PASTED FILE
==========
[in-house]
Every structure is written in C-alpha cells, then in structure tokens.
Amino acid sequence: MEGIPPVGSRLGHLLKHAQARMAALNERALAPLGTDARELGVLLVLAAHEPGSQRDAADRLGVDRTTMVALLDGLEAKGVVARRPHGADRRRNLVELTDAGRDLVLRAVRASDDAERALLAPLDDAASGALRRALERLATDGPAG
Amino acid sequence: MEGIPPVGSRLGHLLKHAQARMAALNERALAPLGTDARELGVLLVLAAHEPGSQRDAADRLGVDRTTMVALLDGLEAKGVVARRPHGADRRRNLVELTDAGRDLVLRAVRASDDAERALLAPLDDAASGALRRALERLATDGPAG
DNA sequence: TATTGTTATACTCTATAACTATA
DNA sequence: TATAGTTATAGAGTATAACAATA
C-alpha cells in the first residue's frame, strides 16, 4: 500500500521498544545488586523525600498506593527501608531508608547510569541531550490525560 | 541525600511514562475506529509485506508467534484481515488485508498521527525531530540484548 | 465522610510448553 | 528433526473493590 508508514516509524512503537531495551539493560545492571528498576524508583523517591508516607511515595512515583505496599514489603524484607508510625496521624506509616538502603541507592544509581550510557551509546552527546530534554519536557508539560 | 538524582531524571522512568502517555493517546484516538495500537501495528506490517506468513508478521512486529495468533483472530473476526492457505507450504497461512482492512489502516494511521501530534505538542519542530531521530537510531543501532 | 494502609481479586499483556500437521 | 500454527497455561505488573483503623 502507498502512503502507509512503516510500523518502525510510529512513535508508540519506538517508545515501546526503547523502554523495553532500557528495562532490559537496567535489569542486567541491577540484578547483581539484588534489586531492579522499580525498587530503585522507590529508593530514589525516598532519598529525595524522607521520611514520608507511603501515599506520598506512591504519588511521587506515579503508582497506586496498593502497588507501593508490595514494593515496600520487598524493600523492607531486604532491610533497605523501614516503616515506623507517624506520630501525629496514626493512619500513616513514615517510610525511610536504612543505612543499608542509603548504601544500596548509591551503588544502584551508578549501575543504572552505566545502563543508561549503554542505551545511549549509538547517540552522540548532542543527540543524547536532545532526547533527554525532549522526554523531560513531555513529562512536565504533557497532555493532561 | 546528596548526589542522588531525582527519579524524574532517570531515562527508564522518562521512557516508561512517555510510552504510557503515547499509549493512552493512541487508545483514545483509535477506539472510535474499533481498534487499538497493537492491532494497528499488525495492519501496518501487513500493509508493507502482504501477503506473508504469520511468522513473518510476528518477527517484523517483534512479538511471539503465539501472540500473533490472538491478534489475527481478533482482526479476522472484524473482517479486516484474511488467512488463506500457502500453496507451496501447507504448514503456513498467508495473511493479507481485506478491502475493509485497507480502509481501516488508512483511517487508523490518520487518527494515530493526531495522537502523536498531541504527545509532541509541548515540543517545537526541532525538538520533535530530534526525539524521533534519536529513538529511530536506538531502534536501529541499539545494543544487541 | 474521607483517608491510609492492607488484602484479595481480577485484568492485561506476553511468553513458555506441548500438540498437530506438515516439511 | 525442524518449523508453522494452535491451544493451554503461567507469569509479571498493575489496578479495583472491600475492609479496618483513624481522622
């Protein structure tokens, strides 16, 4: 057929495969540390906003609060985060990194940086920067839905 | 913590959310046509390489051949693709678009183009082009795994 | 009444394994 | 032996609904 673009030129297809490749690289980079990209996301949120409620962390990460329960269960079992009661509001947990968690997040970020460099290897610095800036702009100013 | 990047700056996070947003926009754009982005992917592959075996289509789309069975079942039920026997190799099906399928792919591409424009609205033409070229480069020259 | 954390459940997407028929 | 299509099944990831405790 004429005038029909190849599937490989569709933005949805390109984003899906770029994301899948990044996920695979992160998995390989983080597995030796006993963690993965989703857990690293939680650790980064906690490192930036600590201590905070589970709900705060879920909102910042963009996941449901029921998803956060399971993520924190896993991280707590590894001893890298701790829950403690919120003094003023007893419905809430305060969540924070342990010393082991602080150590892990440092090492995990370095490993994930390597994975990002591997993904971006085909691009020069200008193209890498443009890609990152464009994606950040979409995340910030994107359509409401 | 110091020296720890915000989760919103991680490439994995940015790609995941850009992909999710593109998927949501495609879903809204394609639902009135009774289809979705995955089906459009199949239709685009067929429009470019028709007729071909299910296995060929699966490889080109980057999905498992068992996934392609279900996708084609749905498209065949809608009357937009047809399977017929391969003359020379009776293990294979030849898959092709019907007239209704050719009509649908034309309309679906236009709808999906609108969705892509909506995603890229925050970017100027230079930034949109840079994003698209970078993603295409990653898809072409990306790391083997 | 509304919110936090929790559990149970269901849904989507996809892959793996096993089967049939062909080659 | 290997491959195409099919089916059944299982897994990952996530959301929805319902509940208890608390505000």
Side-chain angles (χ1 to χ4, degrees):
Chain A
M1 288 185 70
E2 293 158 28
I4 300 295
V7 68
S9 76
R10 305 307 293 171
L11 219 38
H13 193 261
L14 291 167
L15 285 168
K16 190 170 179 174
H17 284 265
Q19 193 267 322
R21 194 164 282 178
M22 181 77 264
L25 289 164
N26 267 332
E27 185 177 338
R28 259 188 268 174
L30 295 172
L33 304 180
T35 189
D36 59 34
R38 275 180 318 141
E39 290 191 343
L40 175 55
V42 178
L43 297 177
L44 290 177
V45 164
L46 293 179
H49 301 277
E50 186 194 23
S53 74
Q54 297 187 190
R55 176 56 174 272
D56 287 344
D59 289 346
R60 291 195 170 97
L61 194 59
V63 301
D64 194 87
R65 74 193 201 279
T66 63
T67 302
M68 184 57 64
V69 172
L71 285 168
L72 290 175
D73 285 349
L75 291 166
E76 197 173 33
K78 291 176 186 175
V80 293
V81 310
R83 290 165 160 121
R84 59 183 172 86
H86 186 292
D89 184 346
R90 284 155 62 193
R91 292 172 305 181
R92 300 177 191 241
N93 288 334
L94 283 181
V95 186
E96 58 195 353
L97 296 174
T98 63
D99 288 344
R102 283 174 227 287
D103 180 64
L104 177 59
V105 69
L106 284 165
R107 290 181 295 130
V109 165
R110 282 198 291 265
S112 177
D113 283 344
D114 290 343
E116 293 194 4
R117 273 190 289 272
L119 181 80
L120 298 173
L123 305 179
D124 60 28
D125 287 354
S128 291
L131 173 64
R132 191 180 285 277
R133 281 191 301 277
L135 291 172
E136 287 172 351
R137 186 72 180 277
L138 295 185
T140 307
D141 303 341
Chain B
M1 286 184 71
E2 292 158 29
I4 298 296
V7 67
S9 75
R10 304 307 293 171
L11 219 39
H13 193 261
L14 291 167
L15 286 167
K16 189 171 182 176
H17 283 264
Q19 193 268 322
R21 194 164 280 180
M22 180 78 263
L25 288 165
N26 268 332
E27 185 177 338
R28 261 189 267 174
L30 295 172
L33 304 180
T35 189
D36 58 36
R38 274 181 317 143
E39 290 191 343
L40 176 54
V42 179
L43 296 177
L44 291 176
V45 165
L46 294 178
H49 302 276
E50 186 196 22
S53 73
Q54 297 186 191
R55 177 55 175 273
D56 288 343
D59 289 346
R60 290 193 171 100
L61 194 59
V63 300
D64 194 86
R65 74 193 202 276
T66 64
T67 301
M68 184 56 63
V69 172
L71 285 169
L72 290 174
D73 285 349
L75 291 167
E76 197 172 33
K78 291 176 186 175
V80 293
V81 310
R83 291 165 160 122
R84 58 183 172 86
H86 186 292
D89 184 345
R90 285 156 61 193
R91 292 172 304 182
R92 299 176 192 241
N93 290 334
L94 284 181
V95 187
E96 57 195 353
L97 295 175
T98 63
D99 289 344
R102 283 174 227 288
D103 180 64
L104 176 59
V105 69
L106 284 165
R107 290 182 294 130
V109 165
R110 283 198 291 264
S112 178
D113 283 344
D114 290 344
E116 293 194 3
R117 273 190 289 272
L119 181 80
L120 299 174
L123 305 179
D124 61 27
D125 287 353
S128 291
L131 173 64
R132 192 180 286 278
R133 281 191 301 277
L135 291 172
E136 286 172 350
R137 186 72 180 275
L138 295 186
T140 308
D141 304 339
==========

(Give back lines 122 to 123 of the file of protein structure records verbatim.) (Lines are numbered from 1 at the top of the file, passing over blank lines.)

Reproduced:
R21 194 164 280 180
M22 180 78 263